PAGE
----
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What Does Equity Mean in Real Estate?

Equity is the difference between the market value of your home and the amount you owe to the lender on the mortgage. As you’ll learn today, there are many ways you can build equity.

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Today I wanted to cover a topic that’s very relevant to first-time home buyers: equity. What is it and how can you get it? If you haven’t experienced the buying, selling, or mortgaging processes before, let me break it down for you.

What does equity mean in real estate? Equity is the difference between the market value of your home and the amount you owe to the lender on the mortgage. If you were to sell your house, the equity would be the money that you would receive after you paid off the mortgage. It’s that difference between the market value and your mortgage payoff.

For example, let’s say the fair market value of your home is $200,000 and you owe $150,000 on your mortgage. That would make your equity $50,000.

What is net equity? Net equity is different from gross equity in that it applies to the sellers—not the buyers. Net equity is the gross equity minus the cost of selling the home. These costs may include commissions for the Realtor, unpaid property taxes, any liens (should you have added an equity line of credit), and any items in the closing costs that you did not pass on to the home buyer.

Let’s say your same home from the example above sells for $200,000 and your mortgage on the home is $150,000. Your gross equity would be $50,000, but you may owe a commission of $12,000 to your Realtor, and along with your other closings costs, it could add up to another $3,000 in seller-paid costs. That would make your net equity $35,000. Net equity, as you see, is the amount you would pocket at the end of the sale.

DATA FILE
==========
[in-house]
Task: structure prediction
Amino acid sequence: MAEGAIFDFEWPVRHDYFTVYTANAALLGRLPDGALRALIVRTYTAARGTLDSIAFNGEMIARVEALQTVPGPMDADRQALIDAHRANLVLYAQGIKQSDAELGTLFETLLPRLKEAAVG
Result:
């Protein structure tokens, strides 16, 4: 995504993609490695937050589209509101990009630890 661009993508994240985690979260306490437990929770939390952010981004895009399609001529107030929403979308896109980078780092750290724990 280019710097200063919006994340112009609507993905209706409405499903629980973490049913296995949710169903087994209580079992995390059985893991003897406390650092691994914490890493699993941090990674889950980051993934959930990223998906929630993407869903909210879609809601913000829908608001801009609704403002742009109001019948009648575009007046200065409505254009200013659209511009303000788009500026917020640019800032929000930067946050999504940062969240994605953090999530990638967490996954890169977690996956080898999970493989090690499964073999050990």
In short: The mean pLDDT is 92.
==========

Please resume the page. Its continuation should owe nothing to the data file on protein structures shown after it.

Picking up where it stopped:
Homeowners can build equity in a variety of ways. The first is through the down payment, or the money you put into the home that reduces the initial mortgage. For example, a 20% down payment on a home valued at $100,000 is $20,000. You would start with an equity of $20,000 and avoid paying mortgage insurance. Your mortgage balance would be the remaining $80,000.

You can also build equity through mortgage payments. With each payment, you build equity by paying on the principal while also paying the interest on the loan and any insurance and/or tax payments you include in the total. Any extra payments on your mortgage payment can increase your equity quicker because they would go 100% toward your principal of the loan—not toward interest.

Home improvements are another way to build equity. If you make home improvements, that raises the fair market value of your home, which increases your equity. For example, let’s say you spend $50,000 on a kitchen remodel that increases the home’s market value by $30,000. You have raised your equity by $30,000, assuming you didn’t take out a home equity loan to pay for it.

Finally, you can build equity through simple market value appreciation. The fair market value of your home may rise because similar houses in your area start selling for more money. A lender may be willing to refinance your mortgage at a higher value, for example. If you bought your house for $100,000 with a 20% down payment and similar homes in your area start selling at $120,000, your equity increases by $20,000 due to that rise in price.

If you’d like to know more about how to find that right house to build equity with, feel free to give us a call or visit us online. Until next time, make it a great week!


This Week’s Closings:

  • Mr. and Mrs. Joshua Berndt
  • Mr. and Mrs. Larry Dennis II
  • Mr. and Mrs. Robert Walker Jr.
  • Mr. and Mrs. Myles Compton
  • Mr. Steven Baker
  • Ms. Elaine Koski
  • Ms. Angela Beth Kimble
  • Mr. Cliff Logue
  • Mr. and Mrs. Todd Grasham
  • Mr. and Mrs. Ted Hutcheson
  • Mr. and Mrs. Rustin Jessup
  • Ms. Kimberly Walker
  • Mr. Aaron Penton
  • Mr. and Mrs. William Smyth
  • Ms. Glinda Burns
  • Ms. Jennifer Vinson
  • Mr. and Mrs. Brian Cuzzone
  • Dr. Deborah Barnhart
  • Mr. Toben Barnhart
  • Mr. Tyson Barnhart
  • Mr. and Mrs. Blake Whitlow
  • Mr. James Brian Planeaux
  • Mr. and Mrs. Ricky Echols
  • Ms. Rhonda Marshall
  • Mr. and Mrs. Carl Clay
  • Mr. and Mrs. Michael Weimer
  • Mr. and Mrs. Dustin Scott
  • Mr. and Mrs. Joseph King
  • Rachel Brown Homes, LLC
  • Ms. Linda Napier
  • Ms. Karen Worley
  • Mr. James Couch

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